Note: the artist is making a right hand labyrinth, instruction are for a left hand labyrinth. The method is the same; the difference is the starting point, which is from the top left hand short angle line to the top long center line.
I love walking a labyrinth, whether in an indoor or outdoor setting. It is one of the best ways to find the stillness within I need to hear the voice of the Divine. But sometimes I am nowhere near a labyrinth, so in that case I will use a finger labyrinth. But I don’t always carry one with you, so, what I do is draw my own labyrinth. Drawing a labyrinth can also be a meditative act, which can be done anywhere or anytime I have a few moments to spare.
I have provided the following instruction for drawing the Classical (or Cretan) Labyrinth, which is the simplest to draw. As you sit down with your paper, take a deep breath to center yourself. Offer a prayer of intention and begin to draw. As you make your seed pattern and connect each of the lines and dots give yourself to the process, letting the growing Labyrinth enter into your prayers and meditation. When you are finished use your finger or pencil too “walk” your labyrinth just as you would with any finger labyrinth. When you have “exited” offer a prayer of thanksgiving and gratitude for these moments of stillness.
Instructions for Drawing Classical (Cretan) Labyrinth
The best way to draw a labyrinth is to begin with a pencil and paper (you might want to include eraser?) We do not know who found it out or invented it, but this method is ingeniously simple and with practice easy to repeat.
It is very important to place your pattern such that you have sufficient space paper for the following steps. Draw the pattern into the lower half of your sheet of paper just slightly left of the center line, making sure you leave enough space on the right and left side and above.
First you draw the basic seed pattern that consists of 4 dots in a square. Inside draw an equal-leg cross. And into each of the 4 small squares resulting I draw a small angle.
Next you will begin to connect the dots and lines, in sequence, from the left to the right, clockwise all in arc-shaped lines as shown in Fig 3 and Fig. 4
Begin with the middle line (see Fig. 3 above) this is the center.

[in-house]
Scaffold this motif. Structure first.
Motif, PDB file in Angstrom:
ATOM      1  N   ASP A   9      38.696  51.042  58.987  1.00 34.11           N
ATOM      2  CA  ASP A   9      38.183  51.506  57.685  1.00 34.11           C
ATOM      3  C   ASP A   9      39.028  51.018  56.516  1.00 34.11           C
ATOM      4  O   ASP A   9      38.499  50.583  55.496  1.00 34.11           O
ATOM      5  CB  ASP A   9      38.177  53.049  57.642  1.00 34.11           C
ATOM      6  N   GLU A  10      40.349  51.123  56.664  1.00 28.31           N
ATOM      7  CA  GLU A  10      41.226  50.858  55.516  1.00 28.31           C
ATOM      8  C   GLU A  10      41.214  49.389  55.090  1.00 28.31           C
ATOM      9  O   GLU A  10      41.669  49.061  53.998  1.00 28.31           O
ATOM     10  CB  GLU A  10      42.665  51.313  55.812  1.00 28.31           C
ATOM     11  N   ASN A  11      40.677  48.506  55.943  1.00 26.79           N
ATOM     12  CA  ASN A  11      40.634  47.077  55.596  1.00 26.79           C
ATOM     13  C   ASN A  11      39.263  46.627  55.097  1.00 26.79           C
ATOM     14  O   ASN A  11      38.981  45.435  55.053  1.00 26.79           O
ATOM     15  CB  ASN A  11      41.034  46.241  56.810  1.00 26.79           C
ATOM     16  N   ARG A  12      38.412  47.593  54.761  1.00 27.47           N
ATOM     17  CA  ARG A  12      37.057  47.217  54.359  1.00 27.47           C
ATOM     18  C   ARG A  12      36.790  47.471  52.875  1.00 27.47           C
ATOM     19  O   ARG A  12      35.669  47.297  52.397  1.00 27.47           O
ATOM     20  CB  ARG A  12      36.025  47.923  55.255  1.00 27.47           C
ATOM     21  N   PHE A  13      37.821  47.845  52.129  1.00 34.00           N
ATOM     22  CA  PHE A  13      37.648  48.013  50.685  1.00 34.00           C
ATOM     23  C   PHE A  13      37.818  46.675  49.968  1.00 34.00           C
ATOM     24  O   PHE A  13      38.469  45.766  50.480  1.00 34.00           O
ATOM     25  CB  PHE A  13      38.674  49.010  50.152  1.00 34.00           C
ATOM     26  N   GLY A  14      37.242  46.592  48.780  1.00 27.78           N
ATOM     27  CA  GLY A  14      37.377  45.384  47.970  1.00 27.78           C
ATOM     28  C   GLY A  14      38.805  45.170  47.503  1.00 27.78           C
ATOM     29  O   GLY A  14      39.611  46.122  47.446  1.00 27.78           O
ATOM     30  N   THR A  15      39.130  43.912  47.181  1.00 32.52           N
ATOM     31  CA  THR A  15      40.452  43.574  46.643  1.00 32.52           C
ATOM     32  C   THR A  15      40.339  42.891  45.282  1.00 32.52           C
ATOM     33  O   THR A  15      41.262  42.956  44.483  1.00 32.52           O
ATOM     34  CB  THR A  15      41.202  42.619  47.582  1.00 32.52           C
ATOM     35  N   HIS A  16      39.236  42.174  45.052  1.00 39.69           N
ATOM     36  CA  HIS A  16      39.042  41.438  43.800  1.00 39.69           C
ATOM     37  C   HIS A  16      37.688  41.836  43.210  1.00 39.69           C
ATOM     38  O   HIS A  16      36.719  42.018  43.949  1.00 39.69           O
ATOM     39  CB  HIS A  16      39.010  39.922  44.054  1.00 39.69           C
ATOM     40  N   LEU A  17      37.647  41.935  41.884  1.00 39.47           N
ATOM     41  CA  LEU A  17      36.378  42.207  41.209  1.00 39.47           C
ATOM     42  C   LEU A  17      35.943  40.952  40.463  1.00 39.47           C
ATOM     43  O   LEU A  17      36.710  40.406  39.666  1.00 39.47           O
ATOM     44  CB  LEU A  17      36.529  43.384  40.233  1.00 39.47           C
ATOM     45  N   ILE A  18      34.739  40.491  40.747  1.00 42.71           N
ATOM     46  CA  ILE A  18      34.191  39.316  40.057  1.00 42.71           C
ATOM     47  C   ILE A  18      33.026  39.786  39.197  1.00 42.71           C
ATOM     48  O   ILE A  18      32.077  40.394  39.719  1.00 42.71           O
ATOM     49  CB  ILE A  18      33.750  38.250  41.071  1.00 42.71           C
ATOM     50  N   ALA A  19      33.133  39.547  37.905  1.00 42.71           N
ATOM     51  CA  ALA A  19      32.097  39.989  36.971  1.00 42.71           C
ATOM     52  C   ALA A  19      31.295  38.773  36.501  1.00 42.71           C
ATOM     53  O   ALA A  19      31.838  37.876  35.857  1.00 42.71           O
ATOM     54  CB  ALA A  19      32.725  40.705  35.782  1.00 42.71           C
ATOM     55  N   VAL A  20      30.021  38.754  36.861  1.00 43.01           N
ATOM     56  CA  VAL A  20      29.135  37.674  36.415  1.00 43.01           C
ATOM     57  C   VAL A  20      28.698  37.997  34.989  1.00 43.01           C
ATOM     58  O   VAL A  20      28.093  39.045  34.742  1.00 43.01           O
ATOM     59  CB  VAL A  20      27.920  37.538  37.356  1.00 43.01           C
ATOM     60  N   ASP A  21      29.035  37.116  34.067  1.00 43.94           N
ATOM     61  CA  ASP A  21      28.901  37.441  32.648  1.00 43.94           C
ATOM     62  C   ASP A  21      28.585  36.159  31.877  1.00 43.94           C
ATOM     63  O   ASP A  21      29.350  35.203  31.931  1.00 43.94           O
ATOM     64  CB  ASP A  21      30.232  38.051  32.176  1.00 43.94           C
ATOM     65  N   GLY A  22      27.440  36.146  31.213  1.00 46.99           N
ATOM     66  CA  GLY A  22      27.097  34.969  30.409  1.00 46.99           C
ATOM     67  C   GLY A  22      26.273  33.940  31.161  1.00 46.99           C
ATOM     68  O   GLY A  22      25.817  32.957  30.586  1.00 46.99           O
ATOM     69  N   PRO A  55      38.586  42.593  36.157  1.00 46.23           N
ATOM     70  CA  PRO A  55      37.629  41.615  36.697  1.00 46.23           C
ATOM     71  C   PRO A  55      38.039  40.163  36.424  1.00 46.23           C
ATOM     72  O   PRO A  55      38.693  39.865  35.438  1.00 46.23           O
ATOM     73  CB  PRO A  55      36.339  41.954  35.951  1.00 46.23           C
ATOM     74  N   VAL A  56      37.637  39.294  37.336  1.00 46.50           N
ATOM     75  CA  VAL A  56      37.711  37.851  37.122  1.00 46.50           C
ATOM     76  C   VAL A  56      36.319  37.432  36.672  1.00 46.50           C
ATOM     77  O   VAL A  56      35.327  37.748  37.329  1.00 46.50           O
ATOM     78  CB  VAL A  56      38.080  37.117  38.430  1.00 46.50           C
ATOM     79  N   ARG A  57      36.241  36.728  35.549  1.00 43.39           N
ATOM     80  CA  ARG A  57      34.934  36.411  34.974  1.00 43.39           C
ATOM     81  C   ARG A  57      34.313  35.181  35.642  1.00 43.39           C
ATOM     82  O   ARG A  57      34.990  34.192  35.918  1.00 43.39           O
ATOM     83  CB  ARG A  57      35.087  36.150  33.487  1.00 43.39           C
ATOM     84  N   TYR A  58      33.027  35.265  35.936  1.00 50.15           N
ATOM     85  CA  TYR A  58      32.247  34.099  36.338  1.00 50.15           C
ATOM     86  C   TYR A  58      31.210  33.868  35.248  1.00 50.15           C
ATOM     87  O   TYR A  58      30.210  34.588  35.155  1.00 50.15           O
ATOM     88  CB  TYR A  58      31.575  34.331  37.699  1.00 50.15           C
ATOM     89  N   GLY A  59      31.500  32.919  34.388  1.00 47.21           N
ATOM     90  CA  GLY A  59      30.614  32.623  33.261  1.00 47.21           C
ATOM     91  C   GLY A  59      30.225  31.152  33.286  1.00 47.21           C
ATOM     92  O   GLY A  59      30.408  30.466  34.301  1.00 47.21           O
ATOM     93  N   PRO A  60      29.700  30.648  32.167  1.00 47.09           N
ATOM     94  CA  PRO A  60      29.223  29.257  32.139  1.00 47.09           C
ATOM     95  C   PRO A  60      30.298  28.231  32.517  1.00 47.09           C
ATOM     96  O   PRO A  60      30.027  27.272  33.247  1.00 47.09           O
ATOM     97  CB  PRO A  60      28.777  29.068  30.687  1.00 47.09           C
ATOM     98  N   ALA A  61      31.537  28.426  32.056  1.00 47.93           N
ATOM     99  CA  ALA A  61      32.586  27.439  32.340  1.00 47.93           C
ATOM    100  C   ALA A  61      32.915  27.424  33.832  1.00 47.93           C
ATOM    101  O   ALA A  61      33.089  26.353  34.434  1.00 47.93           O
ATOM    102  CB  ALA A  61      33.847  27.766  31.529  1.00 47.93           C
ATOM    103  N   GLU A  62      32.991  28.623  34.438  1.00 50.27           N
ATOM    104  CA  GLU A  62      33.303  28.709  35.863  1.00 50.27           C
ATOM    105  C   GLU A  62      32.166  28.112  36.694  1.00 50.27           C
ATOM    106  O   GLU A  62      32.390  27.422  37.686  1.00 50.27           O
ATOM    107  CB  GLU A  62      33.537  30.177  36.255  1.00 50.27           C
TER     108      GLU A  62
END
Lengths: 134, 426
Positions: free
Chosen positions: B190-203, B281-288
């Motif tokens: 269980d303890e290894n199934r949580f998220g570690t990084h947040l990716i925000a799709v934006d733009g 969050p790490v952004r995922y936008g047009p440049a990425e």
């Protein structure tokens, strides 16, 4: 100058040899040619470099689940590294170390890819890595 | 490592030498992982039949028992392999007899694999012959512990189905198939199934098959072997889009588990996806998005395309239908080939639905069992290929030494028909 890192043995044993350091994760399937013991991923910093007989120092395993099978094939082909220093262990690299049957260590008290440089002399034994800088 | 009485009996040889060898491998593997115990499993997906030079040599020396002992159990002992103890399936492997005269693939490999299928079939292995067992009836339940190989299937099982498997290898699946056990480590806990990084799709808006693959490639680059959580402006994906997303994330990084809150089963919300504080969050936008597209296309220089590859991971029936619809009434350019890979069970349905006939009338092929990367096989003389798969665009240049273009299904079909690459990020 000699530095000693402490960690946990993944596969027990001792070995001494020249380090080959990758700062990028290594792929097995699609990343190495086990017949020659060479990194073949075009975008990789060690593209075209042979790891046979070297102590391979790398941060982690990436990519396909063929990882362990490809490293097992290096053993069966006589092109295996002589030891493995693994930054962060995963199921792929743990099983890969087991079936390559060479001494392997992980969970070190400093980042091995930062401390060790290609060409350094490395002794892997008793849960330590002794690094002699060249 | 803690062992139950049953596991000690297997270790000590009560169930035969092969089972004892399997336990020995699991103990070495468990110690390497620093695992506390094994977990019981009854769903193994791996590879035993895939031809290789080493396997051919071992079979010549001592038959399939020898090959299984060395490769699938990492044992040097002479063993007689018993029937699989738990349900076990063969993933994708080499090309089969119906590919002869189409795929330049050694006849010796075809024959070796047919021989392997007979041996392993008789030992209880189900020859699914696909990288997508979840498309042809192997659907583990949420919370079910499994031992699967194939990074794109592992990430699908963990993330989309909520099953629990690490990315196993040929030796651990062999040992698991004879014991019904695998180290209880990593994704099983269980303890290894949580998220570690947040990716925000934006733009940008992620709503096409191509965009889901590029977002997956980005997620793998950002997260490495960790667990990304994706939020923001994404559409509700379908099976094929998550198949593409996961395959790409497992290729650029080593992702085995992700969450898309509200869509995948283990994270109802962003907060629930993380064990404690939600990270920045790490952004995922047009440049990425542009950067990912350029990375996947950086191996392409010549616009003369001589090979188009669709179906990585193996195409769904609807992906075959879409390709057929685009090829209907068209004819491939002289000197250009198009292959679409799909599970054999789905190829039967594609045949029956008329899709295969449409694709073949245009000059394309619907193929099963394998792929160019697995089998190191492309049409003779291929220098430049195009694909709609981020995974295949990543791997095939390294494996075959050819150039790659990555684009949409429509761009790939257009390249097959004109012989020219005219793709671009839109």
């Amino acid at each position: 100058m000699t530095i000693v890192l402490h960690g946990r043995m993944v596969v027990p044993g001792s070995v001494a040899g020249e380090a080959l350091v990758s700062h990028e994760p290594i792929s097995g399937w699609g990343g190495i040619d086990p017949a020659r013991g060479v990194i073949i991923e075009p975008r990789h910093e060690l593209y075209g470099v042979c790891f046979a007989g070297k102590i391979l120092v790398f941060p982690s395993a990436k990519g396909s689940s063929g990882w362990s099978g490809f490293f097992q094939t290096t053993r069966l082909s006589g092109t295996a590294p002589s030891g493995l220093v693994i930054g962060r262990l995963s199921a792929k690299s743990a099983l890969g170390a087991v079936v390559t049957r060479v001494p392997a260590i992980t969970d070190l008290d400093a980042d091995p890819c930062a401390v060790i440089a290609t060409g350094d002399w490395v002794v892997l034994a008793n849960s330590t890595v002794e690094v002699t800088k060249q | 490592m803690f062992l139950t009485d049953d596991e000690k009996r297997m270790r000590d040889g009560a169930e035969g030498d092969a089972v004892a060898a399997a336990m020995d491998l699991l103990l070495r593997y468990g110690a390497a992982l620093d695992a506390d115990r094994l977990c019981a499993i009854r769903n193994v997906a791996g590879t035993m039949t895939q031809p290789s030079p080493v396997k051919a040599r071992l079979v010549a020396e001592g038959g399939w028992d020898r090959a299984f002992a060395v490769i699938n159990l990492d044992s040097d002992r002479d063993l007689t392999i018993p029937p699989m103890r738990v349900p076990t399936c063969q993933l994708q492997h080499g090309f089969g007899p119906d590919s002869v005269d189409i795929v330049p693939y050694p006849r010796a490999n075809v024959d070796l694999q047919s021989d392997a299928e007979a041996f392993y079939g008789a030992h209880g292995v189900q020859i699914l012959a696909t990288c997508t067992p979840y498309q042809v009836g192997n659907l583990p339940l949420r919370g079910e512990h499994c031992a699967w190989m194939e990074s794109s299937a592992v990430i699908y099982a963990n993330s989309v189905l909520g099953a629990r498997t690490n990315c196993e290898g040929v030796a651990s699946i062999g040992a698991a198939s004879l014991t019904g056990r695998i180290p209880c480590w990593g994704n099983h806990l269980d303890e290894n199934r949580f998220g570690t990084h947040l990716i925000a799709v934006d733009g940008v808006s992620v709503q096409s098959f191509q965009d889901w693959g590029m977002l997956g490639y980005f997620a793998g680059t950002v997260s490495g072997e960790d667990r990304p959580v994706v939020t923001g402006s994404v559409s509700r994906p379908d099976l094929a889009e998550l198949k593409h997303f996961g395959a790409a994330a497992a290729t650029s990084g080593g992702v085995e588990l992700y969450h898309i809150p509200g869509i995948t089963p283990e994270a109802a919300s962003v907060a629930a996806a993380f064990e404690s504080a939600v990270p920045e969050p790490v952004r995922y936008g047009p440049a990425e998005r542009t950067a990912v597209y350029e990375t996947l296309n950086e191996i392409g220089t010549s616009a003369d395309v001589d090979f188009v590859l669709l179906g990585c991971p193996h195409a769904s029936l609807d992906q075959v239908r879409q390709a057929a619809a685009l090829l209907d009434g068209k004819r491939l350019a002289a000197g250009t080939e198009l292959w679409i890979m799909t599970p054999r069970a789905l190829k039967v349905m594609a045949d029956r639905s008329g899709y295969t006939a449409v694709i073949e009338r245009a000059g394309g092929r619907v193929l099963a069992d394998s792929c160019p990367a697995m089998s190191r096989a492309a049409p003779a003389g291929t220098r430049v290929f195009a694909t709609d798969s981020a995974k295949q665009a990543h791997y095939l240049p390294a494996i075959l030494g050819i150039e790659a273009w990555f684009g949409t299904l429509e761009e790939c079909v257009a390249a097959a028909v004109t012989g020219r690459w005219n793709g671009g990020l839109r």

Now connect the next free end of the line on the left side to the free dot on the right side with an arc equal distant from the first arch (Fig. 4). Continue drawing arcs from left to right. After all of the left side lines and dots have been connected there should be a gap between the bottom left short angle line and the bottom long center line, that is the entrance. Your Labyrinth should look like Fig. 5, if it doesn’t simply start over. Using your finger or a pencil to “walk” your completed Labyrinth.
For the last couple of days I have been using a prayer book of a collection of Julian of Norwich’s writings as my meditation focus and I would like to share this morning’s prayer with you.
Now our Lord reminded me
of the desire for him I had earlier.
I saw that nothing stood in my way but sin,
and I realized that this is the same for all of us.
And I thought that if there were no sin,
we would all be pure and akin to our Lord
Just as we had been created sinless.
But in my vision, Jesus informed me
of everything necessary for me to know.
And he told me: Sin is necessary,
but everything will turn out for the good,
and all will be well,
and everything will be well.
by the simple word, ”sin”
God reminded me of all that is not good
and of the suffering and grief of all creation,
and above all of the utter shame and sacrifice
he endured for our salvation.
We have all suffered woe and sorrow
as we follow our master Jesus,
and we shall do so until we are utterly purified,
I did not see sin itself,
for it has no real substance,
it is not real:
it can be known only by the suffering it causes,
and even that pain lasts but a while.
And during the woe
we might take consolation in our Lord’s suffering.
And out of his tender love, he consoles us, saying:
True, sin caused this pain, but all will be well.
In his voice I never hear a hint of blame,
and since we who are guilty are not blamed,
why should we in turn blame God?
Julian of Norwich
All will be well, that is a powerful statement of faith, of trust in G-d to always be there. Sometimes it is hard for me to hold onto those words. Sometimes they don’t seem true especially in these days when violence and disasters dominate our world. But Julian of Norwich says “but everything will turn out for the good, and all will be well, and everything will be well” and somehow in this morning’s meditation I find the space to believe that and to trust G-d knows what she is doing.
For this week’s spiritual practice to consider the sins of the world war, pollution, global warming and to hold the victims in your heart and offer prayers for their well being. As you sit with your prayers listen for a call to work in some way to right an injustice you see this week.